The University of Warwick is a British campus university located on the outskirts of Coventry, West Midlands, England. It was established in 1965 as part of a government initiative to expand access to higher education, and in 2000 Warwick Medical School was opened as part of an initiative to train more doctors in Britain. Warwick has grown to become one of the highest-ranked universities in the UK, having never been out of the top 10 since its inception. In the last Research Assessment Exercise the University was the 5th highest-ranked research institution in the UK.
In the 1960s and 1970s, Warwick had a reputation as a politically radical institution. More recently, the University has been seen as a favoured institution of the British New Labour government. Warwick was one of the first UK universities to develop close links with the business community, and has been successful in the commercialisation of research. This commercial approach has resulted in it being nicknamed "Warwick University Limited" (or, more recently, "Warwick University PLC").
Warwick is a member of both the Russell Group and the 1994 Group, the only university to be a member of both organisations.
The University's coat of arms includes atoms of two isotopes of lithium, a DNA helix to represent science and also the Bear and Ragged Staff of Warwickshire and the Elephant and Castle of Coventry. The bear is not chained in the current depiction of the University's coat of arms, although it was in earlier versions and in the letters patent issued by the College of Arms.
The establishment of the University of Warwick was given approval by the government in 1961 and received its Royal Charter of Incorporation in 1965. Its creation was supported by University of Birmingham Vice-Chancellor Sir Robert Aitken who acted as 'Godfather to the University of Warwick' (Ives, 2000, p.342). The initial plan was for a university college at Coventry attached to Birmingham but Aitken advised an independent initiative to the University Grants Committee (Ives, 2000, p.343).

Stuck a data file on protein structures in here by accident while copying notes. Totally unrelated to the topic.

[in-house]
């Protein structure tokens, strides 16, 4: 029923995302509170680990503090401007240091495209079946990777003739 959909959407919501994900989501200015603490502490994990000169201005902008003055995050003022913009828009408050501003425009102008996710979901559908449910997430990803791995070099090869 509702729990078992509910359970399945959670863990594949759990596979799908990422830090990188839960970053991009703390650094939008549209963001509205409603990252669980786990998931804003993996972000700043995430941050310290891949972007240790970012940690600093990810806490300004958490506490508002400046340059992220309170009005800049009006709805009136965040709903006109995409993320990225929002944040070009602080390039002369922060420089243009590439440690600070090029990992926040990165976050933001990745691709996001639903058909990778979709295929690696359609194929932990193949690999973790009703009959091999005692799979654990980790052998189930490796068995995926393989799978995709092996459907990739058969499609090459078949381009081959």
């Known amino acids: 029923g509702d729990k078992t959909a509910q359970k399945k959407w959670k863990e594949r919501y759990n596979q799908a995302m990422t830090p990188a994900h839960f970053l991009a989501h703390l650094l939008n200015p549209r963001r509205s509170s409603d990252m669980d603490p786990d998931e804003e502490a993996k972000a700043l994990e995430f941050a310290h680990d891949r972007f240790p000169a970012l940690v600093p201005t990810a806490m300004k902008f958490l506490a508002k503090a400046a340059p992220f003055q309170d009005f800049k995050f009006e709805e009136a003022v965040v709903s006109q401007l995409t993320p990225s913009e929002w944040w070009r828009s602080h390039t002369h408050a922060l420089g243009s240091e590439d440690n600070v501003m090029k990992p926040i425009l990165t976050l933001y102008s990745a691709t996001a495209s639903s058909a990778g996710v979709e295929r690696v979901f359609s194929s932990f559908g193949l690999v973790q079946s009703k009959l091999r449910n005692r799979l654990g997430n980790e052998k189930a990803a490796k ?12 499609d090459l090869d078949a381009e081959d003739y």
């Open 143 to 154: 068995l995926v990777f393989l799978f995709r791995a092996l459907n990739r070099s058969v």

It is situated on a large 2.8 km² campus which straddles the boundary between the City of Coventry and the County of Warwickshire. There was much dispute between local sponsors from both the city and county over whether it should be named after Coventry or Warwickshire.
The name "University of Warwick" was adopted, even though the county town of Warwick itself lies some 8 miles (13 km) to the southwest and Coventry City Centre lies only 3.5 miles (5.5 km) east of the campus. A compromise was proposed by Geoffrey Templeman, Deputy Chairman of the university's Planning Committee, who subsequently became the first Vice-Chancellor of the university on the border between the City of Canterbury and the county of Kent which faced a similar naming dispute and adopted the name University of Kent at Canterbury.
However, the name the 'University of Warwick at Coventry' was not adopted. The idea for a university in Coventry was mooted shortly after the conclusion of the Second World War but it was a bold and imaginative partnership of the City and the County which brought the University into being on a 400 acre site jointly granted by the two authorities.
Since then, the University has incorporated the former Coventry College of Education in 1979 and has extended its land holdings by the purchase of adjoining farm land. The University also benefited from a substantial donation from the family of Jack Martin, which enabled the construction of the Warwick Arts Centre.
The University initially admitted a small intake of graduate students in 1964 and took its first 450 undergraduates in October 1965. The student population is currently 30,380, with around a third being postgraduates. 20% of the student body comes from overseas and over 114 countries are represented on the campus. The University has 29 academic departments and over 40 research centres and institutes, in four Faculties: Arts, Medicine, Science and Social Studies.
Since its establishment Warwick has expanded its grounds to 721 acres (2.9 km²) with many modern buildings and academic facilities, lakes and woodlands. A recent survey by The Times resulted in the campus being voted the best in the UK by a national poll of university students.
A different type of university
The campus originally consisted of distinctive Modern architecture, in deliberate contrast with the medieval and classical character of older Universities. The freedom given to academic departments combined with an aggressive and unapologetic commercial approach, both policies of the first Vice-Chancellor Lord Butterworth, were new innovations for UK Higher Education and have subsequently been copied by many other Universities.
Warwick is one of the few universities to hit its target for the proportion of state students admitted (86%). This is mainly due to the University's distinctive community policy and commitment to increasing access to higher education.
Warwick University ranked 57th in the 2007 THES-QS World University Ranking
Warwick University ranked 69th in the 2008 THES-QS World University Ranking
Warwick University ranked 58th in the 2009 THES-QS World University Ranking
Warwick University ranked 53rd in the 2010 QS World University Ranking
Warwick University ranked 50th in the 2011 QS World University Ranking